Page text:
no pleasure, I conclude that such rights do not exist. Ask yourself:
If grandparents cannot claim the legal right to be included in the
life of a son or daughter, how can they claim a right to be included
in the life of that son or daughter’s offspring?

Fortunately,
grandparent rights are not a necessary or even the most productive
method by which grandparents can remain involved in their grandchildren’s
lives. Indeed, those of us who believe that the legal system usually
exacerbates family problems would argue that layering new law on
top of the old only creates conflict. No law, no court, only privately
agreed upon arrangements: That’s the ideal manner in which to resolve
family disputes.

Nevertheless,
many disputes will go to family court. And when they do, the laws
and proceedings that offer a solution should be as simple and straightforward
as possible. Rather than complicating the law, alienated grandparents
should aim at simplifying it.

One
measure in particular would constitute a large step in that direction:
the rebuttable
presumption of joint custody
. Most grandparents are alienated
from their grandchildren because the custodial parent, who is not
their son or daughter, refuses contact. Since mothers usually receive
custody, paternal grandparents are most vulnerable by far.

The
best way for paternal grandparents to protect themselves in a divorce
is to fight for the establishment of a simple standard for custody.

The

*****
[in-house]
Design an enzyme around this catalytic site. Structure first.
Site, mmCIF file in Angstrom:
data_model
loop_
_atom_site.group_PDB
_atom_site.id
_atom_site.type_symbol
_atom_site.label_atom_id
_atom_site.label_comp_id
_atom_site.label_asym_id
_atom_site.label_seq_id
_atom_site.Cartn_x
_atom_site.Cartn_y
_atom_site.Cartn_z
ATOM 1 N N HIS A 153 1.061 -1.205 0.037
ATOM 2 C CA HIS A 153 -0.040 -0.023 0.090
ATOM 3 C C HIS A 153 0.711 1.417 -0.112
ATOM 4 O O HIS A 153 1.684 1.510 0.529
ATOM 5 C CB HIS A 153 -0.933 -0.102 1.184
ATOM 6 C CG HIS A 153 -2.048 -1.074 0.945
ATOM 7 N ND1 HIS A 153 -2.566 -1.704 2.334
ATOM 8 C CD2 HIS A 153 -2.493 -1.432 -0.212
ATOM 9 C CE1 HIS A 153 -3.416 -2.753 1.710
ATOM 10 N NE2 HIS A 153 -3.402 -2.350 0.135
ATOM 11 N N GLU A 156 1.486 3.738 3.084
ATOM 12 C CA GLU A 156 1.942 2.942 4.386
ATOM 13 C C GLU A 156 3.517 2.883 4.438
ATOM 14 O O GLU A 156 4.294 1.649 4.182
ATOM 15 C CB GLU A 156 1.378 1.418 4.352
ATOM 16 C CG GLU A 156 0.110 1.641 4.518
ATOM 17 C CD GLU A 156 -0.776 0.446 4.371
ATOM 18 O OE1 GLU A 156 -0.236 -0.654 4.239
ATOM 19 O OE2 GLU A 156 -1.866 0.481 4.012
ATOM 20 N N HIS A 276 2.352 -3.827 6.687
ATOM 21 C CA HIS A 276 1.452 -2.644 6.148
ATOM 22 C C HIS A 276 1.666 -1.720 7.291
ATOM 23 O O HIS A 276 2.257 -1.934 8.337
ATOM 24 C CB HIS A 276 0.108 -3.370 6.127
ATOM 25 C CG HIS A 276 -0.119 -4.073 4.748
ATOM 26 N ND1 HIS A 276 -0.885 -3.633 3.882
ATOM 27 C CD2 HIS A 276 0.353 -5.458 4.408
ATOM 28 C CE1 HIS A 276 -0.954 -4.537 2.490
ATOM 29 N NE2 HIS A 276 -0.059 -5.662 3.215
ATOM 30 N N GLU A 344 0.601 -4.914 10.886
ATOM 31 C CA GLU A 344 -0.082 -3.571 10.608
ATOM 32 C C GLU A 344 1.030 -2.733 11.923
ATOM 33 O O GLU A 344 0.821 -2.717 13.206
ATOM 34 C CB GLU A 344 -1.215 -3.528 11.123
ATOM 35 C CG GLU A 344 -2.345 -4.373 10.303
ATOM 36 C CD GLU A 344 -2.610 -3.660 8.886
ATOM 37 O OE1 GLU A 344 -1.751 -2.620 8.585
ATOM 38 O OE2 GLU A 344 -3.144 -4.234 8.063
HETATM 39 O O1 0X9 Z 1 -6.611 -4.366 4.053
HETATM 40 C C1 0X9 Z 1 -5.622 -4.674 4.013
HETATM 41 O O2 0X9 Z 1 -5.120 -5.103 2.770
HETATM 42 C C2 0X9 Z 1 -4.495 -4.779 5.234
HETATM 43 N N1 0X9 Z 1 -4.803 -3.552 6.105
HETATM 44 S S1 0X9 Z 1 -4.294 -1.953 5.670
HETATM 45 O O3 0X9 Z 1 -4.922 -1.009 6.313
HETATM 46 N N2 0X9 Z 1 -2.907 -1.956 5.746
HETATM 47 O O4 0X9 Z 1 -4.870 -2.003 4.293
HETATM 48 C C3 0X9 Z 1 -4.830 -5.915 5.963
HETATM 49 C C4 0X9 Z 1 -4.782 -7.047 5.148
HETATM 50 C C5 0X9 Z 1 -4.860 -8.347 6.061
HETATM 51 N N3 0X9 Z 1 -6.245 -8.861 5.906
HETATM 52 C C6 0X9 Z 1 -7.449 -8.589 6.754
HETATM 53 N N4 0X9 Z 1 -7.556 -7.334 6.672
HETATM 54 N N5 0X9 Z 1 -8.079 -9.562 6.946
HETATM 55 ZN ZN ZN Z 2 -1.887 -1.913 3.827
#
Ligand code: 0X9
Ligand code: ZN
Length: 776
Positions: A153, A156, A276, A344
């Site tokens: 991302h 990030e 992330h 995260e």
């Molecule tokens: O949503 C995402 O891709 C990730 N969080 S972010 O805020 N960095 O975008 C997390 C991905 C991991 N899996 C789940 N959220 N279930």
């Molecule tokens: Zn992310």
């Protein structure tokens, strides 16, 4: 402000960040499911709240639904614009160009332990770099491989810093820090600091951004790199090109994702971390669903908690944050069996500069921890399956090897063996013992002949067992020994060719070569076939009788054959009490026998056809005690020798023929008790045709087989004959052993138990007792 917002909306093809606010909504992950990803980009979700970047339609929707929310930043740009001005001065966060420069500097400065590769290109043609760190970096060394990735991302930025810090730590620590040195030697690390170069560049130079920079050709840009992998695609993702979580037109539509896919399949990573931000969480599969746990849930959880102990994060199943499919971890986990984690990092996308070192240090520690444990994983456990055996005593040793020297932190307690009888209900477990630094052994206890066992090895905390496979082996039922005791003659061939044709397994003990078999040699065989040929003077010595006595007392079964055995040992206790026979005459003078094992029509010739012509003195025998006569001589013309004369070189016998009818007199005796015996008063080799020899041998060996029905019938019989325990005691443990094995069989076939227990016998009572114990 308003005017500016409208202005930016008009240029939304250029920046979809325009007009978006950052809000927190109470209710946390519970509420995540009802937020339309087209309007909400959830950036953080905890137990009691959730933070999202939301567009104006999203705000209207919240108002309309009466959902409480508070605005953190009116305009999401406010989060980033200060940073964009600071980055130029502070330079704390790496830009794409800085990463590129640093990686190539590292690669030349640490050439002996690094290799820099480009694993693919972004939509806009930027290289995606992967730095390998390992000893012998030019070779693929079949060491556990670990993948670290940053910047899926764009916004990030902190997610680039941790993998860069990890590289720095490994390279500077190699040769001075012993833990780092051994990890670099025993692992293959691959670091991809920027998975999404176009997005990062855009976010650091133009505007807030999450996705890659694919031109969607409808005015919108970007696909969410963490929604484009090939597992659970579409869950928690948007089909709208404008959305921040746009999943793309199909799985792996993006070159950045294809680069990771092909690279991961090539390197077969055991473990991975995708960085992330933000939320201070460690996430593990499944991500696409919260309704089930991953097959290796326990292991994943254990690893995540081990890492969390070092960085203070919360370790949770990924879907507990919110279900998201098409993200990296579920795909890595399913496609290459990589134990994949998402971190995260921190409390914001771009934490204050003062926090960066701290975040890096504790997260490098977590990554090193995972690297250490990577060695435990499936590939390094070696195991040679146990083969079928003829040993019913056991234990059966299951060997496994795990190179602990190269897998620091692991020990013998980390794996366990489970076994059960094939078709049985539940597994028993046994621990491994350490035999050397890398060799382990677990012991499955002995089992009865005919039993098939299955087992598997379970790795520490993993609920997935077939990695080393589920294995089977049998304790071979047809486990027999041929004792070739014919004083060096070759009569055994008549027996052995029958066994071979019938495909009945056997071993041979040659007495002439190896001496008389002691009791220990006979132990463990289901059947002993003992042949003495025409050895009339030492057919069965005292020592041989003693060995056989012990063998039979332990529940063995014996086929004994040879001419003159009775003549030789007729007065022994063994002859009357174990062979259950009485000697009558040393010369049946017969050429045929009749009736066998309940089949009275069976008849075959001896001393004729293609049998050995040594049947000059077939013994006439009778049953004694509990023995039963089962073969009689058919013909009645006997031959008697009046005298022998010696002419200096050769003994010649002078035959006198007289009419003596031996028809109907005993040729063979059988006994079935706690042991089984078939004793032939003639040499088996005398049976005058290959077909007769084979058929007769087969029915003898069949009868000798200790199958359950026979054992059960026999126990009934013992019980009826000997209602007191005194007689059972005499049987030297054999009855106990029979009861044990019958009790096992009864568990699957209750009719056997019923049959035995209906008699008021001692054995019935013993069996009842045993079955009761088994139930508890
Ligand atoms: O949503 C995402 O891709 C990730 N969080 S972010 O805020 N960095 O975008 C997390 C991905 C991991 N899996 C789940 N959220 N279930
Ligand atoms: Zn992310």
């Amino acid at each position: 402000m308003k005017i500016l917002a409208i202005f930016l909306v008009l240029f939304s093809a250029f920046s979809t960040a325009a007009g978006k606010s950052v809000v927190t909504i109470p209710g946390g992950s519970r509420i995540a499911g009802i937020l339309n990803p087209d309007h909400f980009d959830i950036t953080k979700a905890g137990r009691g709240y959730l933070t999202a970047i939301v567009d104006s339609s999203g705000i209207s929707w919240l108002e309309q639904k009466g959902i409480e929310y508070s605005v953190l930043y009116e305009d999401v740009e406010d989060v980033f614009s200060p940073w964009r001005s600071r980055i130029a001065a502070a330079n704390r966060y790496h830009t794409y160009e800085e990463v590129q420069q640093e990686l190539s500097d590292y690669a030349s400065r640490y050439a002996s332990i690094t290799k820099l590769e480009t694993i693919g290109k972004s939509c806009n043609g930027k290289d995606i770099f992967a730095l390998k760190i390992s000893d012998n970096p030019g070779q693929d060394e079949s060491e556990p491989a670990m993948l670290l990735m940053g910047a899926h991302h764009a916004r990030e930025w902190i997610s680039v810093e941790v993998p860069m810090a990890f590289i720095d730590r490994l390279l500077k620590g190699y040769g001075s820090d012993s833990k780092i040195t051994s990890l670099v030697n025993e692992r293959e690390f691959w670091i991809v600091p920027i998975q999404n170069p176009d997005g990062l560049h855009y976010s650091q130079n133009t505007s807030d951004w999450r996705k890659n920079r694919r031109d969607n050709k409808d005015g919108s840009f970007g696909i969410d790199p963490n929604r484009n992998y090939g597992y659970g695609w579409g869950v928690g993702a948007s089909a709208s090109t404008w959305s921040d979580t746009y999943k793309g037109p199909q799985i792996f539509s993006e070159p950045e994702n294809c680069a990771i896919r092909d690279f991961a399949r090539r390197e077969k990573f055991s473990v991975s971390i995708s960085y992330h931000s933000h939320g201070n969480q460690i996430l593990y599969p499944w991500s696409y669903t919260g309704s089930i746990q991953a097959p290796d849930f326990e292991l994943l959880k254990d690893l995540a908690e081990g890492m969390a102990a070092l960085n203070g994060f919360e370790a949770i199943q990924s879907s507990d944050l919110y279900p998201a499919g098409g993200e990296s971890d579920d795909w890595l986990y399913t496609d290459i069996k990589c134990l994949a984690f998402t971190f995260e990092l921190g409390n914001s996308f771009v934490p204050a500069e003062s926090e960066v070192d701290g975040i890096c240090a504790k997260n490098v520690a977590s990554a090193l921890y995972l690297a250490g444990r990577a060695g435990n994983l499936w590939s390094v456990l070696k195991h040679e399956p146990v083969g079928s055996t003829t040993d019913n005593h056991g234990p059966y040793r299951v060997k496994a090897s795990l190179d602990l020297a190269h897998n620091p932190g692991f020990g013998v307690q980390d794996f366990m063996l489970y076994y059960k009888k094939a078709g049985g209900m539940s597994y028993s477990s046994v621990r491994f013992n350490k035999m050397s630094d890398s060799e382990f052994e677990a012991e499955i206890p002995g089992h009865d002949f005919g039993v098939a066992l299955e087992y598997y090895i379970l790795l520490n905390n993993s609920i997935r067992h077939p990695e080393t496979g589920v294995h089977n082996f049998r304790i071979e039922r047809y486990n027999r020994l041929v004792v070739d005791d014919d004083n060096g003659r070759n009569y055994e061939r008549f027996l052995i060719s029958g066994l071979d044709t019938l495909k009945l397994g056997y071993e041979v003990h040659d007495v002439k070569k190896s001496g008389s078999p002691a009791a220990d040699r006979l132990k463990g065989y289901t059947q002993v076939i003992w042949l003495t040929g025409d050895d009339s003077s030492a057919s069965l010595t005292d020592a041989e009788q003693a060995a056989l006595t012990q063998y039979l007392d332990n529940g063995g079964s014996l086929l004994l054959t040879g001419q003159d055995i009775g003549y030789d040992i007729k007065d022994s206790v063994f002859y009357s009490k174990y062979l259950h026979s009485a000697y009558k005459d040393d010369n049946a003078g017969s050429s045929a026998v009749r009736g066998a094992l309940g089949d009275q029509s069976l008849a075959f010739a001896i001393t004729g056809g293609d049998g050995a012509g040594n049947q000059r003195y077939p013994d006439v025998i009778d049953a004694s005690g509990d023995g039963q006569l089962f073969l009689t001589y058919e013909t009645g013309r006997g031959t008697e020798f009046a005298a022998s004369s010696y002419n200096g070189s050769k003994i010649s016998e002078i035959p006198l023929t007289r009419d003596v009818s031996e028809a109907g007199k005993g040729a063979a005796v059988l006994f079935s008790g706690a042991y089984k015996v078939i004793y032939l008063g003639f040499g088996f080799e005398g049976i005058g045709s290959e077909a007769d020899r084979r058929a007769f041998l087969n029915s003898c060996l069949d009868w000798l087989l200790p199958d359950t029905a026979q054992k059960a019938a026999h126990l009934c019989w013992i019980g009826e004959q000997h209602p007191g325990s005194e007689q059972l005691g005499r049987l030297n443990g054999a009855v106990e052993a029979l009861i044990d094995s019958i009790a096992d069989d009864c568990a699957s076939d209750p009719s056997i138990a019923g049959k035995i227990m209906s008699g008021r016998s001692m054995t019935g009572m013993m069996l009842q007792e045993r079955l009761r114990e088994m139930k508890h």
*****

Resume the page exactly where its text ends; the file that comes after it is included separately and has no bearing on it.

“rebuttable presumption of joint custody” means family courts should
presume that divorcing parents will share
equally
in the legal and physical custody of children unless
there is compelling reason to rule otherwise. (The protest of a
child or a history of parental abuse might constitute compelling
rebuttal.) Neither the mother nor the father would have a right
to unilaterally deny visitation to either set of grandparents.

The
rebuttable presumption of joint custody would allow a child to enjoy
an extended family on both sides of parentage: grandparents, aunts,
uncles, and cousins. Just as a child should not lose a parent through
divorce, neither should a child lose half of his or her own history.

Indeed,
as the nuclear family is redefined and placed under stress, the
extended family becomes more important as a safety net for children.
By fighting for equal custody rights for both responsible parents,
grandparents are fighting for themselves and for the children who
both deserve and need their love and protection.

My
heart goes out to every loving grandparent who is cut off from knowing
a grandchild. For them, National Grandparents Day must bring a stab
of pain rather than joy.

September
9, 2004

Wendy
McElroy [send her mail] is
the editor of ifeminists.com
and a research fellow for The Independent Institute in Oakland,
Calif. She is the author and editor of many books and articles,
including the new book, Liberty
for Women: Freedom and Feminism in the 21st Century

(Ivan R. Dee/Independent Institute, 2002).

Wendy
McElroy Archives